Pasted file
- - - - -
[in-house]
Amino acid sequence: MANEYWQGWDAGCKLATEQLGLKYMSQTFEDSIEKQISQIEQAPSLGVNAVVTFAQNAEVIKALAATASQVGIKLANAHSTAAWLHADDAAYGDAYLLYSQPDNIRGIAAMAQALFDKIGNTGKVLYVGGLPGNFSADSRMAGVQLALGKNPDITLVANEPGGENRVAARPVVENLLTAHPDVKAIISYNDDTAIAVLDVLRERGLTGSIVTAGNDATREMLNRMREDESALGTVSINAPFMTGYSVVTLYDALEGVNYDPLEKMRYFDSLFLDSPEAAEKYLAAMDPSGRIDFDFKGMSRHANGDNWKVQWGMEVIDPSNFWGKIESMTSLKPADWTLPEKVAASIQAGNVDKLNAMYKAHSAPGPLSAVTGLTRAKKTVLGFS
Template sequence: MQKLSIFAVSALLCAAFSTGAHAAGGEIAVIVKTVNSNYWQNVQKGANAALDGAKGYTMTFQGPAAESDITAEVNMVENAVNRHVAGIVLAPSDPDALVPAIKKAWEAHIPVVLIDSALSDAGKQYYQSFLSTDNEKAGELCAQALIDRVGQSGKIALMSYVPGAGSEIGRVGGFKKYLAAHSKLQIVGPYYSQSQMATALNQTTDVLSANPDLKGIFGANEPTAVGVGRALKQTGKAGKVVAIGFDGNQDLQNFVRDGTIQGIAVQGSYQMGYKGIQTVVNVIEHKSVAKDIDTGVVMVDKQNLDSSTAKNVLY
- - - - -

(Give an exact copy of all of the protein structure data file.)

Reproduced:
[in-house]
Amino acid sequence: MANEYWQGWDAGCKLATEQLGLKYMSQTFEDSIEKQISQIEQAPSLGVNAVVTFAQNAEVIKALAATASQVGIKLANAHSTAAWLHADDAAYGDAYLLYSQPDNIRGIAAMAQALFDKIGNTGKVLYVGGLPGNFSADSRMAGVQLALGKNPDITLVANEPGGENRVAARPVVENLLTAHPDVKAIISYNDDTAIAVLDVLRERGLTGSIVTAGNDATREMLNRMREDESALGTVSINAPFMTGYSVVTLYDALEGVNYDPLEKMRYFDSLFLDSPEAAEKYLAAMDPSGRIDFDFKGMSRHANGDNWKVQWGMEVIDPSNFWGKIESMTSLKPADWTLPEKVAASIQAGNVDKLNAMYKAHSAPGPLSAVTGLTRAKKTVLGFS
Template sequence: MQKLSIFAVSALLCAAFSTGAHAAGGEIAVIVKTVNSNYWQNVQKGANAALDGAKGYTMTFQGPAAESDITAEVNMVENAVNRHVAGIVLAPSDPDALVPAIKKAWEAHIPVVLIDSALSDAGKQYYQSFLSTDNEKAGELCAQALIDRVGQSGKIALMSYVPGAGSEIGRVGGFKKYLAAHSKLQIVGPYYSQSQMATALNQTTDVLSANPDLKGIFGANEPTAVGVGRALKQTGKAGKVVAIGFDGNQDLQNFVRDGTIQGIAVQGSYQMGYKGIQTVVNVIEHKSVAKDIDTGVVMVDKQNLDSSTAKNVLY